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Canadian Economy

As an affluent, high-tech industrial society, Canada today closely resembles the U.S. in its market-oriented economic system, pattern of production, and high living standards. In the last century, the impressive growth of the manufacturing, mining, and service sectors has transformed the nation from a largely rural economy into one primarily industrial and urban. Canada has vast deposits of natural gas on the east coast and in the west, and a plethora of other natural resources contributing to self-sufficiency in energy. The 1989 Canada-U.S. Free Trade Agreement (FTA) and 1994 North American Free Trade Agreement (NAFTA) (which included Mexico) touched off a dramatic increase in trade and economic integration with the U.S. Since 2001, Canada has successfully avoided economic recession and has maintained the best overall economic performance in the G8.

Two long-term concerns loom. The first being the continuing political differences over the constitution between Quebec and the rest of Canada, periodically raising the possibility of Quebec independence. As the economy becomes stronger, notably in Quebec, fears of separation have generally waned.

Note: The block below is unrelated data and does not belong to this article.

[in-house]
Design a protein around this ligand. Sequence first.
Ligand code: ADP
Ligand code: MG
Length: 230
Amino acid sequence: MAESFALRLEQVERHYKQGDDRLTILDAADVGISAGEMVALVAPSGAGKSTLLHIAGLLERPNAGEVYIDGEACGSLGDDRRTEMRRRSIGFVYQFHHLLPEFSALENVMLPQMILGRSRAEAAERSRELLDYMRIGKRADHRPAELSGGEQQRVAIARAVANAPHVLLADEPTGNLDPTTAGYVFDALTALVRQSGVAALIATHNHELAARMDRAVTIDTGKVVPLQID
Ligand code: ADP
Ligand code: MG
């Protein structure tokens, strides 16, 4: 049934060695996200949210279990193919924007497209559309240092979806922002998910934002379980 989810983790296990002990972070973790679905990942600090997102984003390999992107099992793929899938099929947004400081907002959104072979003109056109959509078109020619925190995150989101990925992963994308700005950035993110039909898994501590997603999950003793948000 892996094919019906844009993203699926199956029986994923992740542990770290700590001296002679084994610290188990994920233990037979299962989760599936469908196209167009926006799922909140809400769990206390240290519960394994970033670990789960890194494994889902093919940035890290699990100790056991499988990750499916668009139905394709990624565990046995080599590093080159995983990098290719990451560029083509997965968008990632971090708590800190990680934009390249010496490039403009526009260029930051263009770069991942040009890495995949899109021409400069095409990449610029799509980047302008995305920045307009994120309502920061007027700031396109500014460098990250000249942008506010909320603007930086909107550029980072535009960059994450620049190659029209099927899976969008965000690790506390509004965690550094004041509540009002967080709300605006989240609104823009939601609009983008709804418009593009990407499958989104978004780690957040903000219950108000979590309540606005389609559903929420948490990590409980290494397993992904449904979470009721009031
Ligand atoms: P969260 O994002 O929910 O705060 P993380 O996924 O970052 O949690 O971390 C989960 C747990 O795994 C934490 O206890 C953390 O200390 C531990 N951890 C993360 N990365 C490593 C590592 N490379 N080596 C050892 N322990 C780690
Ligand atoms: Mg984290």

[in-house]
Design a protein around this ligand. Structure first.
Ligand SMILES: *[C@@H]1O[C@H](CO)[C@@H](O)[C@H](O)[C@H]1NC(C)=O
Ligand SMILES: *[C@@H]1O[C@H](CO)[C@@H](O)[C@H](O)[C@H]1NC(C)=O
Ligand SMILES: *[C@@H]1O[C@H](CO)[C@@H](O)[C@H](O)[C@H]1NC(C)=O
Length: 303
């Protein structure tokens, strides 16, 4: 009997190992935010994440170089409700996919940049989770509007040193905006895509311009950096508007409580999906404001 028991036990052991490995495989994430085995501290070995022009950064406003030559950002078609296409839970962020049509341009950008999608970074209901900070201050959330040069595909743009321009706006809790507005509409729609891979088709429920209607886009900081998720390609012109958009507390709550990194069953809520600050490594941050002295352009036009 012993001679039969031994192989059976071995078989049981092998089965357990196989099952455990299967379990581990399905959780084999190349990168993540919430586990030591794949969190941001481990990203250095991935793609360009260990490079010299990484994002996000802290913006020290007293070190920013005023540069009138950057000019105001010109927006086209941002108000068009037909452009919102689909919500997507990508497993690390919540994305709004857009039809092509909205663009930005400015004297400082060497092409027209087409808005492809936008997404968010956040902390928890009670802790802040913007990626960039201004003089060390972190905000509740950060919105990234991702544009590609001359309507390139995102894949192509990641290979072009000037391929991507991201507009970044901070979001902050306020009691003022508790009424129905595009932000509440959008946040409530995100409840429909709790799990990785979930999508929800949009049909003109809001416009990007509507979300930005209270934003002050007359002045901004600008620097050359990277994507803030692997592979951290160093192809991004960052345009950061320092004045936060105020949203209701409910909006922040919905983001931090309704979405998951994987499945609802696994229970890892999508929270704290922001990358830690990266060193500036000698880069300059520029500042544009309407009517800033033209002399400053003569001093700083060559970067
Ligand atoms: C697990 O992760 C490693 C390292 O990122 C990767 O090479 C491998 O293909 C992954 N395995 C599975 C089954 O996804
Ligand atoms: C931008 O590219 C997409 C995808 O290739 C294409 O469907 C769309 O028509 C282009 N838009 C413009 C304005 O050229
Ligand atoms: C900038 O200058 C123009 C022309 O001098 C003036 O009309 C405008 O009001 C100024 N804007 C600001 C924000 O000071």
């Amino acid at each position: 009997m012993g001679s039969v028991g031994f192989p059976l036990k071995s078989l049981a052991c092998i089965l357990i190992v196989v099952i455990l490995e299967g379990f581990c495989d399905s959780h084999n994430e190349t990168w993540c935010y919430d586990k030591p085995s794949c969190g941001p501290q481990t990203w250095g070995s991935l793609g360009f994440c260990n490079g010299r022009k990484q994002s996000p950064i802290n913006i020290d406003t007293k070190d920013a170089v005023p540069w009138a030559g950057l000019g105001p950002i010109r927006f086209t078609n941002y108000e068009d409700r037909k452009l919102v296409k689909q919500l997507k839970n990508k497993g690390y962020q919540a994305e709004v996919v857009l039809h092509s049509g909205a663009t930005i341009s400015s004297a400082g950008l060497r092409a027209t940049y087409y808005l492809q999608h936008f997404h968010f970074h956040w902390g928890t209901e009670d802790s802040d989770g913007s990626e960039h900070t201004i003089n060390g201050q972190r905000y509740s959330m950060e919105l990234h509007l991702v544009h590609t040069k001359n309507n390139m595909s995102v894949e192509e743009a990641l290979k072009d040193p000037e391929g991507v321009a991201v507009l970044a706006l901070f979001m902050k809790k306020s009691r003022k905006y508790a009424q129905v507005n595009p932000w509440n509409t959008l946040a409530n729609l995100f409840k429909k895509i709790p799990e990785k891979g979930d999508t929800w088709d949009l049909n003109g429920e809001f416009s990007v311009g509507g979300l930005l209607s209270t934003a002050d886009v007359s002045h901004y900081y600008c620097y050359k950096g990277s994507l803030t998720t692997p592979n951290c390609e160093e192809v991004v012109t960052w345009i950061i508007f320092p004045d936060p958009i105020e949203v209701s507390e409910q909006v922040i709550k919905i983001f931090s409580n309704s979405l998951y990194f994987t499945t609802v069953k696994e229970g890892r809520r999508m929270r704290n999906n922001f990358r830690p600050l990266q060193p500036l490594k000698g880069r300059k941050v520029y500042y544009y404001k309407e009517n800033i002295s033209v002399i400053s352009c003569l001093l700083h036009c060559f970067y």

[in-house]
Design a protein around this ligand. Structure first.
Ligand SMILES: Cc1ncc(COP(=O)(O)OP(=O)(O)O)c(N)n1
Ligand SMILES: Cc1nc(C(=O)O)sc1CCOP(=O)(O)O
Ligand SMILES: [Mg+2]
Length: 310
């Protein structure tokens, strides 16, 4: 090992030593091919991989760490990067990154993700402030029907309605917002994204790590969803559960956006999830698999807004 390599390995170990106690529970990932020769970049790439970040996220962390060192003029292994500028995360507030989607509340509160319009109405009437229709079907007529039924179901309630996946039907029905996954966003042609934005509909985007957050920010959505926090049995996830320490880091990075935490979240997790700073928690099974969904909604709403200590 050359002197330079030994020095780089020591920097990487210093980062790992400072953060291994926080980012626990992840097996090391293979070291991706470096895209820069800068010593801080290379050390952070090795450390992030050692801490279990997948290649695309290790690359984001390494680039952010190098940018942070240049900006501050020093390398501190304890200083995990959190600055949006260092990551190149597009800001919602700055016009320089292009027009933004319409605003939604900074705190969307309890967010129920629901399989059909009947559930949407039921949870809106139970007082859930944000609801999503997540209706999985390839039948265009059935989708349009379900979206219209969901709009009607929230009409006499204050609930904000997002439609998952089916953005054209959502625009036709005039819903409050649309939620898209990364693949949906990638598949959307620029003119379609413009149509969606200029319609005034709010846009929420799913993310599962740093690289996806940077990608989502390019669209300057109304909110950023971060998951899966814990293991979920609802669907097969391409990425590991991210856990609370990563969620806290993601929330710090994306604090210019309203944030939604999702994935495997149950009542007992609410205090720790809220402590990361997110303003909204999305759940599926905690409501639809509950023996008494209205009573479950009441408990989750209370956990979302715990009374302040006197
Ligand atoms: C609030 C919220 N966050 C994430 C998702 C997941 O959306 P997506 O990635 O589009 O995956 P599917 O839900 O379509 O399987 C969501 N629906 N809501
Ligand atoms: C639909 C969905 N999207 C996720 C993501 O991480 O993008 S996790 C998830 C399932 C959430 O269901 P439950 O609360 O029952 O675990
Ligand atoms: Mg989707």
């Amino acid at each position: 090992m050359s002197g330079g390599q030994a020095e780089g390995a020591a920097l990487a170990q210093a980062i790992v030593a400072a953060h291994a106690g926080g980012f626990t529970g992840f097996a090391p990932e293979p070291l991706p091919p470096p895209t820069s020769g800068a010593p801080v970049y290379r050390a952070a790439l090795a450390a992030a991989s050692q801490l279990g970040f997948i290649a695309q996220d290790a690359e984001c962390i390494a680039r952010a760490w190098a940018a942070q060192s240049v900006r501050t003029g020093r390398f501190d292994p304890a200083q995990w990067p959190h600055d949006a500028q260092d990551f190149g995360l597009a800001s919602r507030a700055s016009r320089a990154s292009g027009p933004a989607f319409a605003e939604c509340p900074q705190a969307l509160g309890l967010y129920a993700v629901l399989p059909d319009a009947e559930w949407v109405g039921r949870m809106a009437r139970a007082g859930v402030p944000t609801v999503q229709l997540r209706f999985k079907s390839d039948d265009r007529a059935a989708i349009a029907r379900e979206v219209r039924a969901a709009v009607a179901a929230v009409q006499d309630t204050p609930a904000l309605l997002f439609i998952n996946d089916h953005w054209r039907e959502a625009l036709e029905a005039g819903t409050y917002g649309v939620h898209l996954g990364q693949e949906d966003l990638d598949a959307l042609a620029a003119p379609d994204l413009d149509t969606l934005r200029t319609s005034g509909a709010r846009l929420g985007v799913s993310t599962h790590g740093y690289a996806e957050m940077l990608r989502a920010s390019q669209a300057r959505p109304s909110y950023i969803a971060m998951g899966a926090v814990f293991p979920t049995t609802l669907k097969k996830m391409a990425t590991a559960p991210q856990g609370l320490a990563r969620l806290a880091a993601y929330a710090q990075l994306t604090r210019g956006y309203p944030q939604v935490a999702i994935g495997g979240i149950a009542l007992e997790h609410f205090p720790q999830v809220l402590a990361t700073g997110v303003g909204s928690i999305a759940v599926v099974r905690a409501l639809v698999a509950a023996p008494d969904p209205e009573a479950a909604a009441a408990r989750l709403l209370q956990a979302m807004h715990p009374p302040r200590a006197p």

Another long-term concern is the emigration of professionals to the U.S., referred to as the "Brain Drain", lured by higher pay, lower taxes, and high-tech opportunities. Simultaneously, a largely under-recognized "Brain Gain" is occurring, as educated immigrants (particularly from developing countries) continue to enter Canada

This article is licensed under the GNU Free Documentation License. It uses material from the Wikipedia article "Canada".